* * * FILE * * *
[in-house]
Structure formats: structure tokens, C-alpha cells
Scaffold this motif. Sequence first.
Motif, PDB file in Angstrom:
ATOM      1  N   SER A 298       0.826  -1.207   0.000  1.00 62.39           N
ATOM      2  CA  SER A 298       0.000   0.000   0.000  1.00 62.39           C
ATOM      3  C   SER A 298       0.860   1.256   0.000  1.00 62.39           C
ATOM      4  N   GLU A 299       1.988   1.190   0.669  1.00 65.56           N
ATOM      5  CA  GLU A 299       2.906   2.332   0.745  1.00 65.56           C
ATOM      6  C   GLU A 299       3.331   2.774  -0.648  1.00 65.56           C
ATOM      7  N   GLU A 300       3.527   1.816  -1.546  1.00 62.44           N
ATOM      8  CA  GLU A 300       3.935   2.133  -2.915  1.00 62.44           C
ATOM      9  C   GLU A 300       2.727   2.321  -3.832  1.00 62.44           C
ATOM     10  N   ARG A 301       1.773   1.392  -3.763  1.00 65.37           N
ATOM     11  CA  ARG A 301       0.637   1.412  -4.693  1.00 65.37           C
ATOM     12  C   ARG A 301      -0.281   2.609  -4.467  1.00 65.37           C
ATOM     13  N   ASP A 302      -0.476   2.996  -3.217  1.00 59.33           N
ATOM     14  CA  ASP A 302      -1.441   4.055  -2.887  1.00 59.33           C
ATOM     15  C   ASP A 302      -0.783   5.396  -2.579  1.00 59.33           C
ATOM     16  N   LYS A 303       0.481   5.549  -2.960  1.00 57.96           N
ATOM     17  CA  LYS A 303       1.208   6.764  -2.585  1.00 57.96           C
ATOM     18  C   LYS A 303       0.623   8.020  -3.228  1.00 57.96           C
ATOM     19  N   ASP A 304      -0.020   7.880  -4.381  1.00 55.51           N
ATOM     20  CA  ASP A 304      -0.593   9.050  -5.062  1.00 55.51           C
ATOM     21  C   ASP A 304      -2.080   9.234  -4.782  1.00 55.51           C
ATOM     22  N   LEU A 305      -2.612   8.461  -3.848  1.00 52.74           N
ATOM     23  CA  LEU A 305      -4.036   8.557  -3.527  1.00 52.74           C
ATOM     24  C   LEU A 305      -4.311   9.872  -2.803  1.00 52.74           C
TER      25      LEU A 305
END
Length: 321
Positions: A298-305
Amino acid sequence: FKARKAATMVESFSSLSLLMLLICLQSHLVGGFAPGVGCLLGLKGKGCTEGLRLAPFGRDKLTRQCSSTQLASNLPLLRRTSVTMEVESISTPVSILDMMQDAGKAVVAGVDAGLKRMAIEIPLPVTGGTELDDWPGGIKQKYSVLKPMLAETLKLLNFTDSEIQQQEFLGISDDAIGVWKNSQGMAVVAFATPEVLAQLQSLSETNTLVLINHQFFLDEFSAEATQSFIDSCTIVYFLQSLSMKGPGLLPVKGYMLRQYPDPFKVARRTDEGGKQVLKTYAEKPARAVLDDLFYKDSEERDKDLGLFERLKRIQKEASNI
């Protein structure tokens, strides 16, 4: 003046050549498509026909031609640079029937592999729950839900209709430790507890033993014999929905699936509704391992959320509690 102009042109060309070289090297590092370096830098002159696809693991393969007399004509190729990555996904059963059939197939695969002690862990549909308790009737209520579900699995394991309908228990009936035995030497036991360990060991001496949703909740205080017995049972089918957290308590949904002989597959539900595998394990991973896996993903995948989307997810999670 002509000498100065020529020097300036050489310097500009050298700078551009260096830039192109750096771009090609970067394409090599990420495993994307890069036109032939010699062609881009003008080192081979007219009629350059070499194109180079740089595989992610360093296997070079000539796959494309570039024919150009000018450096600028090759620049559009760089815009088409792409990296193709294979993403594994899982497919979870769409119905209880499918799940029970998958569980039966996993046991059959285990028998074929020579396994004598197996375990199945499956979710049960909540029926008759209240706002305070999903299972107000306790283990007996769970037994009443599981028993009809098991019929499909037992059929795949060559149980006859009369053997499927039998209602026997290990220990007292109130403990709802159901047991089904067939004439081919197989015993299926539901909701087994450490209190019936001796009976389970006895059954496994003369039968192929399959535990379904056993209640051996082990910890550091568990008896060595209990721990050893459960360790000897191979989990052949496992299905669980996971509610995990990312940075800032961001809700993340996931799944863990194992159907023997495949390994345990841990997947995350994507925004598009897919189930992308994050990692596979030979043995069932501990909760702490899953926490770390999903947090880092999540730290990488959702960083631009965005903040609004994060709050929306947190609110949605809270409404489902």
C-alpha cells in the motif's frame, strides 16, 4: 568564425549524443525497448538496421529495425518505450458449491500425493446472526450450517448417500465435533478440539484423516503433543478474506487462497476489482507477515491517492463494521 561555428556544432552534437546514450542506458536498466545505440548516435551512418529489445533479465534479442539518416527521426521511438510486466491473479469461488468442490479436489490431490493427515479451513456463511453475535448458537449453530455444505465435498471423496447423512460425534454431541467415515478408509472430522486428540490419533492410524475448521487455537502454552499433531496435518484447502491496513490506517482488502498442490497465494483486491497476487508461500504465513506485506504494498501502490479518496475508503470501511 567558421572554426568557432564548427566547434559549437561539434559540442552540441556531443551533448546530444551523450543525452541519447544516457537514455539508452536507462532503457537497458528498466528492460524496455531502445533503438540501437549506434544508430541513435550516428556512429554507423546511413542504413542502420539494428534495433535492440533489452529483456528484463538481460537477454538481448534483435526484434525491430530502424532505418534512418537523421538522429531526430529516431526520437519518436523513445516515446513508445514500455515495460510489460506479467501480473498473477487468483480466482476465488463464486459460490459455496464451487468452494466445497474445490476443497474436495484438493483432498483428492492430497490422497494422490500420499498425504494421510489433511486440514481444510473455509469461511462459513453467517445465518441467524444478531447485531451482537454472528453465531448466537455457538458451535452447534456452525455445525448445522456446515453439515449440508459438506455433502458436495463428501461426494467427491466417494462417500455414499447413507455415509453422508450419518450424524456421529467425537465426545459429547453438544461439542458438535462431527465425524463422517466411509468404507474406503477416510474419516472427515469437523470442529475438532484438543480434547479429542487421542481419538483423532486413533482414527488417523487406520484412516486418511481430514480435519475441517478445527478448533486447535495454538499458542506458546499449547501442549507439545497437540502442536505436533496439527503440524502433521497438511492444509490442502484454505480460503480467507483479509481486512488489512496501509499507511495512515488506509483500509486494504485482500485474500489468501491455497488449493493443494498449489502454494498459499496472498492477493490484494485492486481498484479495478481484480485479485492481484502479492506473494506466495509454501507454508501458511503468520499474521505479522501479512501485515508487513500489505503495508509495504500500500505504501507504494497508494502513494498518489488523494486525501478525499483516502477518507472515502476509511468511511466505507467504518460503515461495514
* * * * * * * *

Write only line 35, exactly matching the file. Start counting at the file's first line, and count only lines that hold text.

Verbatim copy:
C-alpha cells in the motif's frame, strides 16, 4: 568564425549524443525497448538496421529495425518505450458449491500425493446472526450450517448417500465435533478440539484423516503433543478474506487462497476489482507477515491517492463494521 561555428556544432552534437546514450542506458536498466545505440548516435551512418529489445533479465534479442539518416527521426521511438510486466491473479469461488468442490479436489490431490493427515479451513456463511453475535448458537449453530455444505465435498471423496447423512460425534454431541467415515478408509472430522486428540490419533492410524475448521487455537502454552499433531496435518484447502491496513490506517482488502498442490497465494483486491497476487508461500504465513506485506504494498501502490479518496475508503470501511 567558421572554426568557432564548427566547434559549437561539434559540442552540441556531443551533448546530444551523450543525452541519447544516457537514455539508452536507462532503457537497458528498466528492460524496455531502445533503438540501437549506434544508430541513435550516428556512429554507423546511413542504413542502420539494428534495433535492440533489452529483456528484463538481460537477454538481448534483435526484434525491430530502424532505418534512418537523421538522429531526430529516431526520437519518436523513445516515446513508445514500455515495460510489460506479467501480473498473477487468483480466482476465488463464486459460490459455496464451487468452494466445497474445490476443497474436495484438493483432498483428492492430497490422497494422490500420499498425504494421510489433511486440514481444510473455509469461511462459513453467517445465518441467524444478531447485531451482537454472528453465531448466537455457538458451535452447534456452525455445525448445522456446515453439515449440508459438506455433502458436495463428501461426494467427491466417494462417500455414499447413507455415509453422508450419518450424524456421529467425537465426545459429547453438544461439542458438535462431527465425524463422517466411509468404507474406503477416510474419516472427515469437523470442529475438532484438543480434547479429542487421542481419538483423532486413533482414527488417523487406520484412516486418511481430514480435519475441517478445527478448533486447535495454538499458542506458546499449547501442549507439545497437540502442536505436533496439527503440524502433521497438511492444509490442502484454505480460503480467507483479509481486512488489512496501509499507511495512515488506509483500509486494504485482500485474500489468501491455497488449493493443494498449489502454494498459499496472498492477493490484494485492486481498484479495478481484480485479485492481484502479492506473494506466495509454501507454508501458511503468520499474521505479522501479512501485515508487513500489505503495508509495504500500500505504501507504494497508494502513494498518489488523494486525501478525499483516502477518507472515502476509511468511511466505507467504518460503515461495514